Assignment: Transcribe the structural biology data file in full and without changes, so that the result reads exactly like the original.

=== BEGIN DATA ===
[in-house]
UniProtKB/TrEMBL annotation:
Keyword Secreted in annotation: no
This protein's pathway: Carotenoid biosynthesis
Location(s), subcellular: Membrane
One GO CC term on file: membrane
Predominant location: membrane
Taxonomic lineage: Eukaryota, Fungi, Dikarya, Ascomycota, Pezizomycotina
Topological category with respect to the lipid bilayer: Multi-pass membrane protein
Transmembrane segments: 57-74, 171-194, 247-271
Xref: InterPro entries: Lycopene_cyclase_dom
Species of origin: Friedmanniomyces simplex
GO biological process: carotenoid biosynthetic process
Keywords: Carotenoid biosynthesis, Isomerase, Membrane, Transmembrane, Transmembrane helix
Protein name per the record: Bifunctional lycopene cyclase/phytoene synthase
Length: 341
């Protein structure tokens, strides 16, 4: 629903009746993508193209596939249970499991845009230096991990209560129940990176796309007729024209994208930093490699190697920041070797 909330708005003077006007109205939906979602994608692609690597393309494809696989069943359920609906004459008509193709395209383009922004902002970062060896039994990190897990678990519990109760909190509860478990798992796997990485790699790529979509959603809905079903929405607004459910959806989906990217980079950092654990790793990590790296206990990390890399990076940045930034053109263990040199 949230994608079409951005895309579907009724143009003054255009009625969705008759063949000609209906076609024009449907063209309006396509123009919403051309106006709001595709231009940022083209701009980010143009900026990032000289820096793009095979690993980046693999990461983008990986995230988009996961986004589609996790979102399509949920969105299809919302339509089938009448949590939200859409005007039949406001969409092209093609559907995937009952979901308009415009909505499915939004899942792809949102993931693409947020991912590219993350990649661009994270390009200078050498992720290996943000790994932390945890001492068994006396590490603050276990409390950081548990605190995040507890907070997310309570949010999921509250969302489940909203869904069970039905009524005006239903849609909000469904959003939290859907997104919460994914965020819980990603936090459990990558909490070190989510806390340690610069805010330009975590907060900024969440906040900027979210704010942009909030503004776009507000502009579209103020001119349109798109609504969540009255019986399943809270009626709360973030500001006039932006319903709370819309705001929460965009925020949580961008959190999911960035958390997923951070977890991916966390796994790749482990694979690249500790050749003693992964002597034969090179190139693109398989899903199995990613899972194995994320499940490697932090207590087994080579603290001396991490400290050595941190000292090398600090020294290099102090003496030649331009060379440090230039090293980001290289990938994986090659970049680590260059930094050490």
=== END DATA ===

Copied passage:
[in-house]
UniProtKB/TrEMBL annotation:
Keyword Secreted in annotation: no
This protein's pathway: Carotenoid biosynthesis
Location(s), subcellular: Membrane
One GO CC term on file: membrane
Predominant location: membrane
Taxonomic lineage: Eukaryota, Fungi, Dikarya, Ascomycota, Pezizomycotina
Topological category with respect to the lipid bilayer: Multi-pass membrane protein
Transmembrane segments: 57-74, 171-194, 247-271
Xref: InterPro entries: Lycopene_cyclase_dom
Species of origin: Friedmanniomyces simplex
GO biological process: carotenoid biosynthetic process
Keywords: Carotenoid biosynthesis, Isomerase, Membrane, Transmembrane, Transmembrane helix
Protein name per the record: Bifunctional lycopene cyclase/phytoene synthase
Length: 341
């Protein structure tokens, strides 16, 4: 629903009746993508193209596939249970499991845009230096991990209560129940990176796309007729024209994208930093490699190697920041070797 909330708005003077006007109205939906979602994608692609690597393309494809696989069943359920609906004459008509193709395209383009922004902002970062060896039994990190897990678990519990109760909190509860478990798992796997990485790699790529979509959603809905079903929405607004459910959806989906990217980079950092654990790793990590790296206990990390890399990076940045930034053109263990040199 949230994608079409951005895309579907009724143009003054255009009625969705008759063949000609209906076609024009449907063209309006396509123009919403051309106006709001595709231009940022083209701009980010143009900026990032000289820096793009095979690993980046693999990461983008990986995230988009996961986004589609996790979102399509949920969105299809919302339509089938009448949590939200859409005007039949406001969409092209093609559907995937009952979901308009415009909505499915939004899942792809949102993931693409947020991912590219993350990649661009994270390009200078050498992720290996943000790994932390945890001492068994006396590490603050276990409390950081548990605190995040507890907070997310309570949010999921509250969302489940909203869904069970039905009524005006239903849609909000469904959003939290859907997104919460994914965020819980990603936090459990990558909490070190989510806390340690610069805010330009975590907060900024969440906040900027979210704010942009909030503004776009507000502009579209103020001119349109798109609504969540009255019986399943809270009626709360973030500001006039932006319903709370819309705001929460965009925020949580961008959190999911960035958390997923951070977890991916966390796994790749482990694979690249500790050749003693992964002597034969090179190139693109398989899903199995990613899972194995994320499940490697932090207590087994080579603290001396991490400290050595941190000292090398600090020294290099102090003496030649331009060379440090230039090293980001290289990938994986090659970049680590260059930094050490």